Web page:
Orange County Public School officials said they are proactively working to develop plans to support displaced families.

"Should we receive students and families from Puerto Rico, we will assist them in making the transition as smoothly as possible," media relations manager Lorena Hitchcock said.

Documents necessary to enroll a student can be initially waived in order to ensure an easier transition.

Students will be registered and coded within the system, allowing the district to provide additional support to families, such as counseling and food services.

"We are prepared to respond to the needs of families in transition and support a continued education for students," Hitchcock said.

Osceola County

Osceola School District public information officer Dana Schafer said the county stand ready to enroll and assist students from Puerto Rico.

Students who arrive without records or immunizations and no school supplies will be enrolled immediately as Families in Transition, or FIT, students.

"Our school teams and school social workers will ensure that someone is checking with these students on a regular basis to ensure that they have acclimated and are comfortable in their new setting," Schafer said.

All schools have bilingual staff members.

The district would also welcome adults relocating from Puerto Rico to apply for teacher, support staff and bus driver positions.

Seminole County

Seminole County Public Schools communications officer Michael Lawrence said the district is prepared to process children coming to the county fleeing Puerto Rico.

"We will process them like any other students new to the district and would need to provide them any additional ESOL support services/classes they may need as well," Lawrence said. "Obviously, since many may be without paperwork, we will work to get the students placed and enrolled in school first and then deal with paperwork at a later time."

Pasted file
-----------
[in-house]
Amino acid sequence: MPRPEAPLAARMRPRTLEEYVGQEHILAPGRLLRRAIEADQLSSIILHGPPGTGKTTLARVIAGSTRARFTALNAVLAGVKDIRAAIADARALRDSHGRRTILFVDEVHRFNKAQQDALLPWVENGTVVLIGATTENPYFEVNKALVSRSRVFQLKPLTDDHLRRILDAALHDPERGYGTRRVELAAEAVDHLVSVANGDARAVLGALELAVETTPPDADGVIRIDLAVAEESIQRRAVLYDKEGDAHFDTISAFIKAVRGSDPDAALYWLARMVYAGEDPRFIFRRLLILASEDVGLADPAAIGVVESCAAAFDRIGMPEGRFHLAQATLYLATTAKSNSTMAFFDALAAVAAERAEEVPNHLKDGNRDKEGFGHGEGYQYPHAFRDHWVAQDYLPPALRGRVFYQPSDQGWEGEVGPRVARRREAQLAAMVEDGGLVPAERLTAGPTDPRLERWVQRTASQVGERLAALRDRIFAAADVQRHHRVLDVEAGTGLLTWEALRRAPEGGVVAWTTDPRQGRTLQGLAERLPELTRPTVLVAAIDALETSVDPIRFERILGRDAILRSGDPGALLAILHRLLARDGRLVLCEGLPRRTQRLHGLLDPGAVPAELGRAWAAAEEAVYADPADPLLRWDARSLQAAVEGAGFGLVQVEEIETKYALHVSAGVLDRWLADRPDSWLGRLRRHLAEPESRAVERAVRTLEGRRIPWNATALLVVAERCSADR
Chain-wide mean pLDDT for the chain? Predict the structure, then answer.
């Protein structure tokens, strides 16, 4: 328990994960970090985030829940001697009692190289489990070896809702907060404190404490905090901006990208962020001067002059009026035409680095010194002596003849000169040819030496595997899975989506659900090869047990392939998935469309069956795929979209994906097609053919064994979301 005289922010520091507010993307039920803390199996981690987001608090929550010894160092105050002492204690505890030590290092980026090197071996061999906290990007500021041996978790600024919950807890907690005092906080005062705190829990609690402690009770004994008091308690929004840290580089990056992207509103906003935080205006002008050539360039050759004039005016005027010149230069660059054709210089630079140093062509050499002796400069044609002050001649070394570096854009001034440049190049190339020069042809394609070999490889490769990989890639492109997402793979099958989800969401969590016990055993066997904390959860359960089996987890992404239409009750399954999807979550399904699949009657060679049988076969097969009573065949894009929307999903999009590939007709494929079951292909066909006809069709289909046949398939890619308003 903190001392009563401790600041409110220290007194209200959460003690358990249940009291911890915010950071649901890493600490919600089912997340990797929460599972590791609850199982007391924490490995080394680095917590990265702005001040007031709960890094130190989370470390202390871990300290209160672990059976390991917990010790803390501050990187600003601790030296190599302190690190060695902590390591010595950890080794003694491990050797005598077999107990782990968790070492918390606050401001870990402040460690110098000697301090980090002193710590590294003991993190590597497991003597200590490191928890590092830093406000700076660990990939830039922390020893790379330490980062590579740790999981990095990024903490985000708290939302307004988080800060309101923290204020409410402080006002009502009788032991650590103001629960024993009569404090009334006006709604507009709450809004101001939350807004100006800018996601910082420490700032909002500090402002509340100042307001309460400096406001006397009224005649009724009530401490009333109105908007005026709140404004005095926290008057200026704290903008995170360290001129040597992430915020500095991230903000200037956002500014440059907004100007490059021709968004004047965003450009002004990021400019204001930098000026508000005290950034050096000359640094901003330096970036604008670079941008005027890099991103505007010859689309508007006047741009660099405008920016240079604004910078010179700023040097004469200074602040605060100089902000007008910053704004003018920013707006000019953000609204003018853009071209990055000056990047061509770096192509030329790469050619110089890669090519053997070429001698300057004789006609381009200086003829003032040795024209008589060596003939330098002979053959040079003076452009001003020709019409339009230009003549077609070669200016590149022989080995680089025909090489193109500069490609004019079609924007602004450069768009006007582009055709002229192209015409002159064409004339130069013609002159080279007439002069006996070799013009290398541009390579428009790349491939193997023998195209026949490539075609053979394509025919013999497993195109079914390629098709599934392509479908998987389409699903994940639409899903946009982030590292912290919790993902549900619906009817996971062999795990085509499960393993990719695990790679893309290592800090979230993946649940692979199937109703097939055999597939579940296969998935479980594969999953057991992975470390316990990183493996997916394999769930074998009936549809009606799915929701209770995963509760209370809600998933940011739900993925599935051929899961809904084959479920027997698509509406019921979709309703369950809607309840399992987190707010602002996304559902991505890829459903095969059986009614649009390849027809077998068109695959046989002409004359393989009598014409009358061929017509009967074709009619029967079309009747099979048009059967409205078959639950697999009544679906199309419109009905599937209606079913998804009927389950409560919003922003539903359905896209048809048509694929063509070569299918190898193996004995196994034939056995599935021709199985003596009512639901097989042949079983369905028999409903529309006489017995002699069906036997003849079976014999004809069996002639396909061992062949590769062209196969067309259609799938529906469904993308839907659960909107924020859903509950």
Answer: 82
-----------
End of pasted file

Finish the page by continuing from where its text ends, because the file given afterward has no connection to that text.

Lawrence did not have an estimate of how many students the district can except, but would request the Florida Departmnt of Education to waive the class-size rule so districts don't get penalizes for accepting more students.

Portables could also be added to accomdate more students.

Sumter County

"Currently, Sumter has only 36 students with Puerto Rico listed as a birthplace," Sumter County Public Schools spokesman Richard Shirley said. "Because of that relatively small number, we do not anticipate a significant impact to Sumter schools."

Volusia County
Volusia County School community information director Nancy Wait said the district has a plan for assisting families who are relocating from hurricane affected areas to transition successfully.

"Families will not be turned away; students will be quickly enrolled so they can begin attending school right away," Wait said. "Necessary documentation, such as medical and immunization records, will be waived for 30 days."

Students will be immediately eligible for services such as free meals, transportation and school supplies.  

Every effort will be made to help these families feel welcome and safe, Wait said.